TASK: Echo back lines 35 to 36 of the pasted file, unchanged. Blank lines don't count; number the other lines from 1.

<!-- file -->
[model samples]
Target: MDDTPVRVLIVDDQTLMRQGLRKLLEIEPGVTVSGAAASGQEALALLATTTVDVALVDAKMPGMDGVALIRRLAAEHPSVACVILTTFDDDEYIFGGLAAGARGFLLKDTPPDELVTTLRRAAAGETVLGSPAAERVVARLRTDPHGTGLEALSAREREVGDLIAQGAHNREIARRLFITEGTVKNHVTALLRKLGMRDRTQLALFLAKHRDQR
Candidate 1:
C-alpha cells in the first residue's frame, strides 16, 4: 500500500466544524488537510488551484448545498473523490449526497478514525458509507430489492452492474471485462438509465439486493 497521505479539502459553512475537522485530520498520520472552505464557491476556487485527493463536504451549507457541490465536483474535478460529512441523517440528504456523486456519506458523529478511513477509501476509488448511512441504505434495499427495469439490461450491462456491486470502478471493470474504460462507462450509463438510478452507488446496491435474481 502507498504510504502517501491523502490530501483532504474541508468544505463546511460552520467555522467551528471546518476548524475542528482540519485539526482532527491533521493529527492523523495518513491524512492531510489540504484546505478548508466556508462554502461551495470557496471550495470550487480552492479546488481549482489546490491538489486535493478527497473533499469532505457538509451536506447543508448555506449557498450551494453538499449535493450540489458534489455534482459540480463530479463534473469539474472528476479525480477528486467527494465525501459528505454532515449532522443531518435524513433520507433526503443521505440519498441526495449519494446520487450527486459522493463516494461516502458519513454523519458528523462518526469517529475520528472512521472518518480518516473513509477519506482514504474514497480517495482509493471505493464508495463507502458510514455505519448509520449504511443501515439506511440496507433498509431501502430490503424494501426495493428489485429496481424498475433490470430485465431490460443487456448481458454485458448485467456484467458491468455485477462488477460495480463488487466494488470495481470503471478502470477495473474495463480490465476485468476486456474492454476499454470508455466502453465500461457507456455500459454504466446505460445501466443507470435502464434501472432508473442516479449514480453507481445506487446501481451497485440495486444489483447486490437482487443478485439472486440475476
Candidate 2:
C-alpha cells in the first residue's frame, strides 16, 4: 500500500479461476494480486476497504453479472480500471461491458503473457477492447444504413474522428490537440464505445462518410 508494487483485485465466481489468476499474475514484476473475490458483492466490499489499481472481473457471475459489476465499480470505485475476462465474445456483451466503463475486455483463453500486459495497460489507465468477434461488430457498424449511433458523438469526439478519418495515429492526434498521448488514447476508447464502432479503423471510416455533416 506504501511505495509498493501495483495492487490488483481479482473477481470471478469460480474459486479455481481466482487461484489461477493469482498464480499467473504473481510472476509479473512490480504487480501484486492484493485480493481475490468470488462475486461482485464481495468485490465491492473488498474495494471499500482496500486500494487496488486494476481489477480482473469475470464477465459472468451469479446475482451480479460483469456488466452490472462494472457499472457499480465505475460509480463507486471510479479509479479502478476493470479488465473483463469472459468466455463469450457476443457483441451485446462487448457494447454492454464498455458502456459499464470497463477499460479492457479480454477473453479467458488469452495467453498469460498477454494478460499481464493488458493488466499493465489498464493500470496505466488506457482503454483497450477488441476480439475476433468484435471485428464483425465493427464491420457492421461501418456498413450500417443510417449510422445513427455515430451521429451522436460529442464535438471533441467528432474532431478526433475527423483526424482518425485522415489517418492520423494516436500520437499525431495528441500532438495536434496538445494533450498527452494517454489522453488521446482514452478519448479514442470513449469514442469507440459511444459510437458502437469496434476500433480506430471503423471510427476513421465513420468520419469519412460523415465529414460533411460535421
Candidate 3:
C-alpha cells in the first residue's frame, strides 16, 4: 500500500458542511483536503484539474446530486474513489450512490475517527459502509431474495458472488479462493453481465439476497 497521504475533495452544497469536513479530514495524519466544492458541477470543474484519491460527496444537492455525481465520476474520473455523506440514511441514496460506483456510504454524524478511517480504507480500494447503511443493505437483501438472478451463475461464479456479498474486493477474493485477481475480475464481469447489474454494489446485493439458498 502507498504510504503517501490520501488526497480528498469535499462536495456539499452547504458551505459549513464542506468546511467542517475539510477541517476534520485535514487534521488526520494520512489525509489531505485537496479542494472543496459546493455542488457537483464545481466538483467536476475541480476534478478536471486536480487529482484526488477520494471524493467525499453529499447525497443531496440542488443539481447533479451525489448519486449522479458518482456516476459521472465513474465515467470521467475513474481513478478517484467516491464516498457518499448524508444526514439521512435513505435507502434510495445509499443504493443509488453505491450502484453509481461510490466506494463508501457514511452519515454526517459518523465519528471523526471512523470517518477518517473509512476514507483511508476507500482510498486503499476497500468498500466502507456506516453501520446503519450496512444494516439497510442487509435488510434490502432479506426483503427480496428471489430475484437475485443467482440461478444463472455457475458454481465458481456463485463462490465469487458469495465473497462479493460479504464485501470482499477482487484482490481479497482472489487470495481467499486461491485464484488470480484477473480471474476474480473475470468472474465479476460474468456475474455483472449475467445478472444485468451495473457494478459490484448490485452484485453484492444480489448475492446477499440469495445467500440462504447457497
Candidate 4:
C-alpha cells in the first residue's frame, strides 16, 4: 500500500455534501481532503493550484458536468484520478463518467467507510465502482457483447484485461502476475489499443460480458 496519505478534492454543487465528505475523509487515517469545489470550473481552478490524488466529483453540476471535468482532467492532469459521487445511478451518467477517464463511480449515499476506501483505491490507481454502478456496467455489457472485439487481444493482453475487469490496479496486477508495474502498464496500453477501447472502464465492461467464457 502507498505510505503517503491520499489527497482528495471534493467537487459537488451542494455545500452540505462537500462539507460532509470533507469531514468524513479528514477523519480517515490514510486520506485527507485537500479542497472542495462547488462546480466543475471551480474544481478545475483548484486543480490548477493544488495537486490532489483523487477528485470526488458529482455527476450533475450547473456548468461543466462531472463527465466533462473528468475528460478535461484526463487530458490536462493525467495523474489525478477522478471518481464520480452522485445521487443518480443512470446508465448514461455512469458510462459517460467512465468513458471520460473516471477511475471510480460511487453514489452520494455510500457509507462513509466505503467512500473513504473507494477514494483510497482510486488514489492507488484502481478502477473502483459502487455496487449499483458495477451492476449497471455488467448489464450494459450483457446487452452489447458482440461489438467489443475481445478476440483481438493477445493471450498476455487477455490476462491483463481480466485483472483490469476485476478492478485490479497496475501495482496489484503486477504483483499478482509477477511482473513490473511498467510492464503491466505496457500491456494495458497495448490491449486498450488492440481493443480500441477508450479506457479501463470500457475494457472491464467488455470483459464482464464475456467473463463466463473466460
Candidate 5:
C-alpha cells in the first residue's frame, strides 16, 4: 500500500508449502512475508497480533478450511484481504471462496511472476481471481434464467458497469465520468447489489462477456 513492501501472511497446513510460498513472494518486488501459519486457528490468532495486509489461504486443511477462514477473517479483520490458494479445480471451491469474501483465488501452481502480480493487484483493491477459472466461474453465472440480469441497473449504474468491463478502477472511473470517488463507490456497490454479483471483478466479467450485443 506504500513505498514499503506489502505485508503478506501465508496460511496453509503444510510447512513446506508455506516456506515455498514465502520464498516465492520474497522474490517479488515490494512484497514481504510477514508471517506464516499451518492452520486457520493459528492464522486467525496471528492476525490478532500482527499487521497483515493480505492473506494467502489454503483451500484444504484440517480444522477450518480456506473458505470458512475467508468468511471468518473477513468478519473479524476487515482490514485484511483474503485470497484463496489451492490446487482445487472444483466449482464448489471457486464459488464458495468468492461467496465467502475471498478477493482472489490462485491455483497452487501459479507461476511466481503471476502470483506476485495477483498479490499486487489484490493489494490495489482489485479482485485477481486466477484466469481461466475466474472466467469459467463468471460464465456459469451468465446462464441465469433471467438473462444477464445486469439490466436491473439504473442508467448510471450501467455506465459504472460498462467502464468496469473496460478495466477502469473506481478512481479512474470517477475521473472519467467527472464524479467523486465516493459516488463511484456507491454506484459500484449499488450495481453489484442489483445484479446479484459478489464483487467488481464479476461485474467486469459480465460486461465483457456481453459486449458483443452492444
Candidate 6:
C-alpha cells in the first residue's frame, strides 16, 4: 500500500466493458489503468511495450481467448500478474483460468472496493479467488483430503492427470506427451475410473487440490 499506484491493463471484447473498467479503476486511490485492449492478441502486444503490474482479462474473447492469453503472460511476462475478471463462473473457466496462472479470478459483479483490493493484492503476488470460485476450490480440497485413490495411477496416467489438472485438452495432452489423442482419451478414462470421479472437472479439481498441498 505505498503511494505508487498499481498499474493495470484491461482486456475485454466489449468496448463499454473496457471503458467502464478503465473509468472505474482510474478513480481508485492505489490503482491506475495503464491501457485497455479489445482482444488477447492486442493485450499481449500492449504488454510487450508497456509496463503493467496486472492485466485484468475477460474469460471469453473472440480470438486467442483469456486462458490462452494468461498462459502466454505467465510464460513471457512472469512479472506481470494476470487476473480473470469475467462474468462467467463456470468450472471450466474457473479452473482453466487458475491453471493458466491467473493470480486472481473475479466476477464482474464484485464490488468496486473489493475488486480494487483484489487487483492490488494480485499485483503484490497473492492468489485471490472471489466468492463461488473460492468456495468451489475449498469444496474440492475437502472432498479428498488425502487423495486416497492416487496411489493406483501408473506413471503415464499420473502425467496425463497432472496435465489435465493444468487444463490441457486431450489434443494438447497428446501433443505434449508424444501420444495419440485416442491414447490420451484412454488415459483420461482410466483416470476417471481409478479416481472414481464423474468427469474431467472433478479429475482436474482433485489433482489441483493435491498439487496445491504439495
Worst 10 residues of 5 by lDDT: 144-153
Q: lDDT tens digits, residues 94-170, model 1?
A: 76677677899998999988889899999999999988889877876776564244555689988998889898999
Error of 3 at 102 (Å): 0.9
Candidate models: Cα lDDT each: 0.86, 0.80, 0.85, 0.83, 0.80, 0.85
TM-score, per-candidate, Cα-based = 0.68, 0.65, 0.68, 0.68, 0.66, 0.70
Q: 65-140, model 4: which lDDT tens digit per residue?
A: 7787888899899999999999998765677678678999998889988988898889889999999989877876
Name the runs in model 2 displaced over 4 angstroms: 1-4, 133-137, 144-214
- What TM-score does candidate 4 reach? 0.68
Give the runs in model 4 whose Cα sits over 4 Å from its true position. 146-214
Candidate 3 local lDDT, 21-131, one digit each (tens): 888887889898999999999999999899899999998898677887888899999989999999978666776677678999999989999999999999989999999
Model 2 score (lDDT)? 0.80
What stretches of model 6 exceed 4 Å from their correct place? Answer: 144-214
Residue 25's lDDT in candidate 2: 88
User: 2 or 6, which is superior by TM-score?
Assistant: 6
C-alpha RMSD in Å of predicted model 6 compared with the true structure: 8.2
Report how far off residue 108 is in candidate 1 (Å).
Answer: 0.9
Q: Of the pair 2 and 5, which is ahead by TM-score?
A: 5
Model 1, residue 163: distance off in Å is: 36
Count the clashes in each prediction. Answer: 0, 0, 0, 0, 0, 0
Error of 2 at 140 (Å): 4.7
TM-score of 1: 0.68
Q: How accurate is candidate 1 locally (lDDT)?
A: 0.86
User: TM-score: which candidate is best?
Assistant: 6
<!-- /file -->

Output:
Q: Of the pair 2 and 5, which is ahead by TM-score?
A: 5